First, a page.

Clickers (Teaching and Learning)
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What are clickers?
Clickers (or Student Response Systems) are wireless hand-held devices that allow students to respond to classroom polls and quizzes, regardless of class size and common student dynamics. These remote-like gadgets transmit individual student responses to an instructor's laptop to record and even share these results directly back to the class. Instructors can also use this data to customize their lessons for each learning group.
Uses and Benefits
Studies conducted on the usage of clickers demonstrate an improved learning environment for students. Effective use of clickers leads to greater class interactivity, increased student-teacher interaction, and consequently improved conceptual understanding of material for the learners.
Instructors can use clickers as a tool to gauge students' understanding and/or as a quiz/exam delivery system.
Clickers also allow instructors to:
- Increase class participation and improve attendance
- Spark debate and discussion in class
- Identify students who need additional assistance
- Instantly gauge student comprehension of a particular topic or question
- Take attendance
- Encourage class discussion among all students
- Instantly grade and record student results
- Give continuous feedback to provide students an active learning process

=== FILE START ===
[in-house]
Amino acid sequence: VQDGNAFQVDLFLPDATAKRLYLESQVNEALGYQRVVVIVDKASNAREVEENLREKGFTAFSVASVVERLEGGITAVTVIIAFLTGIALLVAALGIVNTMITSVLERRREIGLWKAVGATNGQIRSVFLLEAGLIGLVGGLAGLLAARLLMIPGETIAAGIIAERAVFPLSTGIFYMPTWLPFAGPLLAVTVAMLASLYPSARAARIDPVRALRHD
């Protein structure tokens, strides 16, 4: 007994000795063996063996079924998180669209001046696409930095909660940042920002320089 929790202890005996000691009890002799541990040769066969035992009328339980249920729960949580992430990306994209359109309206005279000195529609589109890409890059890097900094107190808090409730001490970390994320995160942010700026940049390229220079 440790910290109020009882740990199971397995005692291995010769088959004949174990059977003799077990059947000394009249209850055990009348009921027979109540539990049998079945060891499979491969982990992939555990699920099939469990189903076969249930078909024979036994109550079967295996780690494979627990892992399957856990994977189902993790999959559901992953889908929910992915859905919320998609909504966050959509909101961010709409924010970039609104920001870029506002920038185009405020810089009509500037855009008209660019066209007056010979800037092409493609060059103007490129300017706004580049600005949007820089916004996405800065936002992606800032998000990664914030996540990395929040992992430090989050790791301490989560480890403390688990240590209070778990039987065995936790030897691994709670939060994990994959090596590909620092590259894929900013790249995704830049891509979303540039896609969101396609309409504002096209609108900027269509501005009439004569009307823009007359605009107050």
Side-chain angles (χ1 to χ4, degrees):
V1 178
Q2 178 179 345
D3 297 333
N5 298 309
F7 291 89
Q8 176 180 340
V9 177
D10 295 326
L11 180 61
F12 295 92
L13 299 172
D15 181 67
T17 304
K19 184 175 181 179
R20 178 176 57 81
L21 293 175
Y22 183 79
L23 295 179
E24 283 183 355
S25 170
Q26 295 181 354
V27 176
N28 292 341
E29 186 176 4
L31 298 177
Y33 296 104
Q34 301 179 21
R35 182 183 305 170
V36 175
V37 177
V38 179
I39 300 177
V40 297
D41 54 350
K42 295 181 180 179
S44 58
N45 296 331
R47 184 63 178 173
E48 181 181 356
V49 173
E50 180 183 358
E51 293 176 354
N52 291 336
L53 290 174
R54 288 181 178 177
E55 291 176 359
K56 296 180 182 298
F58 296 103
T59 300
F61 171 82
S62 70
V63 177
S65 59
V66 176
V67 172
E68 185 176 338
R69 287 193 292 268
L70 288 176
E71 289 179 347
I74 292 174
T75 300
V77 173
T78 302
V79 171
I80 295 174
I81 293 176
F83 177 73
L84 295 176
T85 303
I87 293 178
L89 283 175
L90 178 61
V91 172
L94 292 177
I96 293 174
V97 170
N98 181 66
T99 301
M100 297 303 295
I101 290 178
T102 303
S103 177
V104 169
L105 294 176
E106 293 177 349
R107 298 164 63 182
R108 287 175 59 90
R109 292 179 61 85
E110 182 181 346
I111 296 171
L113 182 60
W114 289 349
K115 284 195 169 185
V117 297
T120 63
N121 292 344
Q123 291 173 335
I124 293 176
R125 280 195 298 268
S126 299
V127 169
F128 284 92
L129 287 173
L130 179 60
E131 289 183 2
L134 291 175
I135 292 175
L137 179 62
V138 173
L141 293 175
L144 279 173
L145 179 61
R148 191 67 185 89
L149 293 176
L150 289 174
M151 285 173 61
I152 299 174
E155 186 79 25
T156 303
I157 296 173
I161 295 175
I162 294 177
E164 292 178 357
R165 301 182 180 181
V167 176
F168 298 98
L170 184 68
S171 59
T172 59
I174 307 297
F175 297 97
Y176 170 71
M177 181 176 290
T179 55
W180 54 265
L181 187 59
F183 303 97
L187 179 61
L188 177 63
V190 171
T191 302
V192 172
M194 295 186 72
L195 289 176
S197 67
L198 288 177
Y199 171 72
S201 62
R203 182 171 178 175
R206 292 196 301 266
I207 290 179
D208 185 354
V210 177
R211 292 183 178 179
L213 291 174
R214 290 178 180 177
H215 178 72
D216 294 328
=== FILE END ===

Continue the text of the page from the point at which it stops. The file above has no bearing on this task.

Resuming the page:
- Generate student assessment reports
- Easily deliver quizzes and assessments electronically
- Focus more time on teaching and less time on paperwork and grading
- Kenwright, K. (2009). Clickers in the classroom. TechTrends, 53(1), 74-77. Permalink
- Peter Shawn Taylor. (2007). Can clickers cure crowded classes? Maclean's, 120(26/27), 73. Permalink
- Martyn, M. (2007). Clickers in the classroom: An active learning approach. EDUCAUSE Quarterly, 30(2), 71-74.
- Robin K. Morgan. (2008). Exploring the pedagogical effectiveness of clickers. InSight: A Journal of Scholarly Teaching, 3(1), 31-36.
- Kolikant, Y. B., Drane, D., & Calkins, S. (2010). "Clickers" as catalysts for transformation of teachers. College Teaching, 58(4), 127-135.
- EDUCAUSE. (2005). 7 things you should know about clickers.
- Li, P. (2007). Creating and evaluating a new clicker methodology. Ohio State University / OhioLINK).
- Immerwahr, J. (2009). Engaging the "thumb generation" with clickers. TEACHING PHILOSOPHY, 32(3), 233-245.
- Lantz, M. E. (2010). The use of ‘Clickers’ in the classroom: Teaching innovation or merely an amusing novelty? Computers in Human Behavior, 26(4), 556-561.
- Cheesman, E. A., Winograd, G. R., & Wehrman, J. D. (2010). Clickers in teacher education: Student perceptions by age and gender. Journal of Technology and Teacher Education, 18(1), 35-55.
- Jeffrey R Stowell, Terrah Oldham, & Dan Bennett. (2010). Using student response systems ("clickers") to combat conformity and shyness. Teaching of Psychology, 37(2), 135.
- Mayer, R. E., Stull, A., DeLeeuw, K., Almeroth, K., Bimber, B., Chun, D., . . . . (2009). Clickers in college classrooms: Fostering learning with questioning methods in large lecture classes. Contemporary Educational Psychology, 34(1), 51-57.
- Boatright-Horowitz, S. L. (2009). Useful pedagogies or financial hardships? interactive response technology (clickers) in the large college classroom. International Journal of Teaching and Learning in Higher Education, 21(3), 295-298.
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